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Coping After a Collision: 10 Simple Steps to Getting Behind the Wheel Again

A lot can happen if you neglect car maintenance, and the same could be said about your mental health. After a car accident, it can be hard to get behind the wheel again due to trauma. But with the help of a psychiatrist, friend, or family member, you’ll start driving confidently once again.

How to Get Used to Driving Again After an Accident

Almost 40% of car accident survivors develop PTSD, making motor vehicle accidents a leading cause of post-traumatic stress disorder. It’s normal to experience anxiety after a collision.

1. Let Your Injuries Heal

Our physical and mental health go hand in hand. Not only that, but you shouldn’t drive if you’re experiencing pain or reduced movement, as it’ll decrease your reaction time. See a doctor, rest, eat healthily, and drink water to ensure you recover and feel better as quickly as possible.

2. Don’t Stop Moving

Unless you’ve experienced a severe physical trauma, you need to keep moving. Low-impact exercise can limit muscle tension and reduce inflammation. Don’t forget to spend time outside or with your friends; it’ll help you overcome depression and improve your motivation to drive.

3. Speak to a Lawyer

If your injuries or mental health issues have impacted your life in any way, you should contact car accident lawyers with extensive experience. They can help you get compensation for lost wages and healthcare treatment, which will decrease financial, physical, and mental stress.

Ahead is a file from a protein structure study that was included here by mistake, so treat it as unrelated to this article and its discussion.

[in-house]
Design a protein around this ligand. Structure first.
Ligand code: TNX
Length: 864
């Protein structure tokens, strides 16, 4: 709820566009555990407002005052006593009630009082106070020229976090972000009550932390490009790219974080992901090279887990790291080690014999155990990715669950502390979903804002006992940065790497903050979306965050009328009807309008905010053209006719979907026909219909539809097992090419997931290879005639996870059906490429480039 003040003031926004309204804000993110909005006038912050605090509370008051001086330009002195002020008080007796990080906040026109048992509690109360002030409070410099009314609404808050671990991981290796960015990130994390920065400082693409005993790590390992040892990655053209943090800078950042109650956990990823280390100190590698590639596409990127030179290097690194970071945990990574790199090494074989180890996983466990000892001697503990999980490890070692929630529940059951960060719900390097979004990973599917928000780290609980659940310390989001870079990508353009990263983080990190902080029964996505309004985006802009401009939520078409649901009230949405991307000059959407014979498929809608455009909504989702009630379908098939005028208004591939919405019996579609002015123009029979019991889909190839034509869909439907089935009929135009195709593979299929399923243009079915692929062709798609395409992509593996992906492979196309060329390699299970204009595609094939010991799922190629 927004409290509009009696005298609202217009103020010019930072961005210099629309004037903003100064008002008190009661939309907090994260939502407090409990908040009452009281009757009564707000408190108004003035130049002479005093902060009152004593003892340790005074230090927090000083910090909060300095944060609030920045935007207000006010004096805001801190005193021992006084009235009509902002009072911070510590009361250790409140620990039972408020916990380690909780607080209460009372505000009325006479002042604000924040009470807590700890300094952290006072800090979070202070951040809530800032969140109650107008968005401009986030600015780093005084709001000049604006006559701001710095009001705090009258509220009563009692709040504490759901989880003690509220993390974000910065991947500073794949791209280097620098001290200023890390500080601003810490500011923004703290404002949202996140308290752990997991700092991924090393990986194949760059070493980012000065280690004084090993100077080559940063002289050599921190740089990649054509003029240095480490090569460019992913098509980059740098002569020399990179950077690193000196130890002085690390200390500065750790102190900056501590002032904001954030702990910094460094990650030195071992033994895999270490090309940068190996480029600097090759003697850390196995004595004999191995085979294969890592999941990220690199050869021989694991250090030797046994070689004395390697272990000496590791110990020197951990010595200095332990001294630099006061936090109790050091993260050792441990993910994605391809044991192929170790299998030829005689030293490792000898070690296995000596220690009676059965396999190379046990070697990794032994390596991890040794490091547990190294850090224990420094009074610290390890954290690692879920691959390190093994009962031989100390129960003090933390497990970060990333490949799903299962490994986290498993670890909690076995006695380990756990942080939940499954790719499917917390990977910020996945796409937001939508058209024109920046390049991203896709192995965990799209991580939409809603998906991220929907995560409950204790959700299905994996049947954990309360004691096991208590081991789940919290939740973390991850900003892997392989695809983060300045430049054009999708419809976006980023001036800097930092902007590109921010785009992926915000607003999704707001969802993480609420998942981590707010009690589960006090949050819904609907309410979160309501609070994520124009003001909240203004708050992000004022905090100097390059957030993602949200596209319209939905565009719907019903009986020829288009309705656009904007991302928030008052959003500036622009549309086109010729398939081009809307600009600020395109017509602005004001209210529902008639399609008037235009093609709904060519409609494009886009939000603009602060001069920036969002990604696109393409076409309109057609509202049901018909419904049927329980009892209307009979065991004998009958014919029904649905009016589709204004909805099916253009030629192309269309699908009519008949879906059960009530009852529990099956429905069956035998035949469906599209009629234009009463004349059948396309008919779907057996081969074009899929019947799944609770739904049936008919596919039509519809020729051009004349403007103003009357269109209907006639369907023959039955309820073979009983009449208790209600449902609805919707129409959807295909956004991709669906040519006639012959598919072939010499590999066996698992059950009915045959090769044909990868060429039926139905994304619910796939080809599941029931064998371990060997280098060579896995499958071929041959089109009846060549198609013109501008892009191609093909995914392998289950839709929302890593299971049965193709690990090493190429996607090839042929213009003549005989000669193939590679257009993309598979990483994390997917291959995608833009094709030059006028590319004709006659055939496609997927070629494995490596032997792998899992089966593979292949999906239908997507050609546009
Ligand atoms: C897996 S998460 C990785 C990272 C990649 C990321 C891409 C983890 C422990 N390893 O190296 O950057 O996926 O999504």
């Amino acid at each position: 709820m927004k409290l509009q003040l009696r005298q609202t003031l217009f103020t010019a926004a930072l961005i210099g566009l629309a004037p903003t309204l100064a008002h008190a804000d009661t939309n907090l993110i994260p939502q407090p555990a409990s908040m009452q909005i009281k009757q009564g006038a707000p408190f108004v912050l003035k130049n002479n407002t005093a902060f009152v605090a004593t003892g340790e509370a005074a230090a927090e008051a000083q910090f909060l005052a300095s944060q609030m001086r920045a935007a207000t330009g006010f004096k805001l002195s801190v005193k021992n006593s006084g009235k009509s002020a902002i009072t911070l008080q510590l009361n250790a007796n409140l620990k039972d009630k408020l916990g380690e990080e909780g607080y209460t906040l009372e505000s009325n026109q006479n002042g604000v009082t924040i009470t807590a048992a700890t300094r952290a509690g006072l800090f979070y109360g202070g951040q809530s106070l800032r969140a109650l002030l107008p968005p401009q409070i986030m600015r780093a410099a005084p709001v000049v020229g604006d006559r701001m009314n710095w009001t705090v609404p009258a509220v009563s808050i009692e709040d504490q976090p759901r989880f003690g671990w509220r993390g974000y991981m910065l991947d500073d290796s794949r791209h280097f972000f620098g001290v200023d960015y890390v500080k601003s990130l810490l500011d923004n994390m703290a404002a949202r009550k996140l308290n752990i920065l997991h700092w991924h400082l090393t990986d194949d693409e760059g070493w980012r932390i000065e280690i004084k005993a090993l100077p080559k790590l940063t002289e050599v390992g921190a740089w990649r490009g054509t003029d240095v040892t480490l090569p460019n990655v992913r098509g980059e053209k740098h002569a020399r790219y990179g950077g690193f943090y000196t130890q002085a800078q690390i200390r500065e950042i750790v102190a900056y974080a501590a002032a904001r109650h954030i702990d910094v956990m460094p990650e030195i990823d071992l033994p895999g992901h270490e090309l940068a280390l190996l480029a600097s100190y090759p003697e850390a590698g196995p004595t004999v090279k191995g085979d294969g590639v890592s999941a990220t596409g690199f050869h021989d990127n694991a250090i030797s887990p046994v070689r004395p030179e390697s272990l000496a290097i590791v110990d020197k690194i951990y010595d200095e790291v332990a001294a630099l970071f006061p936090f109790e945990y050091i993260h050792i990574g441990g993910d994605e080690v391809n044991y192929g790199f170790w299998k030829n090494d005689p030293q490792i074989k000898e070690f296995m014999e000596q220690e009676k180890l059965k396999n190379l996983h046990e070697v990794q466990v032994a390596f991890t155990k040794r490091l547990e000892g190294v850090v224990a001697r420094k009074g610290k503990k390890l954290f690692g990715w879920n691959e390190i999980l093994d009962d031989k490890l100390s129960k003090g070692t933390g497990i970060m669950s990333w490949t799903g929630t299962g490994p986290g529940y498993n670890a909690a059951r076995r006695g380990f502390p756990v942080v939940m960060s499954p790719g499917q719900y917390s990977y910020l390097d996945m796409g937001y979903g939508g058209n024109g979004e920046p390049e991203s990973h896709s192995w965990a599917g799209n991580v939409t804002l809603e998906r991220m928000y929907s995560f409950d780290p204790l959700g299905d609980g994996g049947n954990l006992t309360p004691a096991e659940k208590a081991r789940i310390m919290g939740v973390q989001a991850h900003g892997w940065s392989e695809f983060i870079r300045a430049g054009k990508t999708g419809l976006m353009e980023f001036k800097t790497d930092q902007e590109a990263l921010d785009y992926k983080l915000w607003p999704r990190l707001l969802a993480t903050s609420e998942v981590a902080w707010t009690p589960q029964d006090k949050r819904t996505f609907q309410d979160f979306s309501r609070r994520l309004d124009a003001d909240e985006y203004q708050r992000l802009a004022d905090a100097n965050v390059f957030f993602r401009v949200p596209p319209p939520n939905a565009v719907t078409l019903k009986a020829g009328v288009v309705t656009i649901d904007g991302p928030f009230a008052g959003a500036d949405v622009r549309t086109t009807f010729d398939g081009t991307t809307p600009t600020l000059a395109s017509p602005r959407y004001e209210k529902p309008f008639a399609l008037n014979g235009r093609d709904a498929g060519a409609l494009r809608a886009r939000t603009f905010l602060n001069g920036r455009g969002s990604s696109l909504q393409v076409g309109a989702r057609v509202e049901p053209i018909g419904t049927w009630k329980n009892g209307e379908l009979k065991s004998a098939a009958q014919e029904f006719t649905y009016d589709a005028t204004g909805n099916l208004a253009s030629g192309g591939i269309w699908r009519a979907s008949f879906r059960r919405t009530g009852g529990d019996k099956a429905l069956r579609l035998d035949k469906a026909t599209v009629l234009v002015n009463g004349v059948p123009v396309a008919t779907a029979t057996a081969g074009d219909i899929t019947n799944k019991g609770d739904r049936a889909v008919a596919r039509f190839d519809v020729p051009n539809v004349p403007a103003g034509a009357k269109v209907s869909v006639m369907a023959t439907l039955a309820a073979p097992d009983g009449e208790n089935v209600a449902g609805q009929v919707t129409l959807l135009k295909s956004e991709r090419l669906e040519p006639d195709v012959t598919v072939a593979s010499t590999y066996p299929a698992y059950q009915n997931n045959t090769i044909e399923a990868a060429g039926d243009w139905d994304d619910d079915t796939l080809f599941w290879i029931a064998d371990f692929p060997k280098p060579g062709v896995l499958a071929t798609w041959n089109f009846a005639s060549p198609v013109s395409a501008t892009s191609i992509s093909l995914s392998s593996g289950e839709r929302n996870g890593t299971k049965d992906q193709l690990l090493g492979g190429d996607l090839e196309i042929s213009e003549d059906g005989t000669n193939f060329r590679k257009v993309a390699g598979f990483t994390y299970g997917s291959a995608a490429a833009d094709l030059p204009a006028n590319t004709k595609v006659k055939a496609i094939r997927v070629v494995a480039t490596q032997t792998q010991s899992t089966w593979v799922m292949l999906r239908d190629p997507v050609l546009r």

4. Talk to Someone

Don’t stay silent if you’re experiencing PTSD symptoms. Talk to your friends and family about your fears and explain that you need help overcoming this stress. If you don’t have someone to talk to, attend local support meetings or speak to a counselor, psychotherapist, or psychiatrist.

5. Start as a Passenger

We often underestimate how powerful vehicles can be, but you may become hyper-aware of it once you put your foot on the gas. For this reason, don’t get into your car as a driver after an accident. Instead, ask your friend, family member, or spouse to drive you around the city.

6. Drive With a Friend

When you start driving, be sure to ask that same friend or family member to be a passenger. That way, you’ll have someone in the car to take over for you if you panic. Don’t wait too long to get behind the wheel again, but don’t force yourself. Wait until you process the trauma.

7. Lap your Neighborhood

When you’re able to drive solo again, start slow. Drive around your neighborhood, in a large parking lot, or in a quiet part of the city to readjust to the experience of driving. Only drive in a place with minimal traffic once you’re ready. Work up to taking the highway or busy streets.

8. Invest in Safety

If you’re in the market for a new automobile, check out models that won the Top Safety Pick award. Honda Civics are typically the safest small cars, while Audi’s typically win in the Large SUV category. If you purchase a safer car or truck, you may feel less anxious while driving.

9. Call a Driving Instructor

Specialty driving instructors can help accident victims get over trauma or driving anxieties in a safe way. They’ll help you build skills that can help you become a safer driver or focus on key areas, such as left turns or crossing bridges. Find an instructor that teaches defensive driving.

10. Be Patient With Yourself

Car accident trauma can limit your ability to work, do errands, or see your friends, but you should never try to speed up your recovery. It’s also unhealthy to compare yourself to others. Everyone processes trauma in their own way, so allow yourself to recover at your own pace.

 

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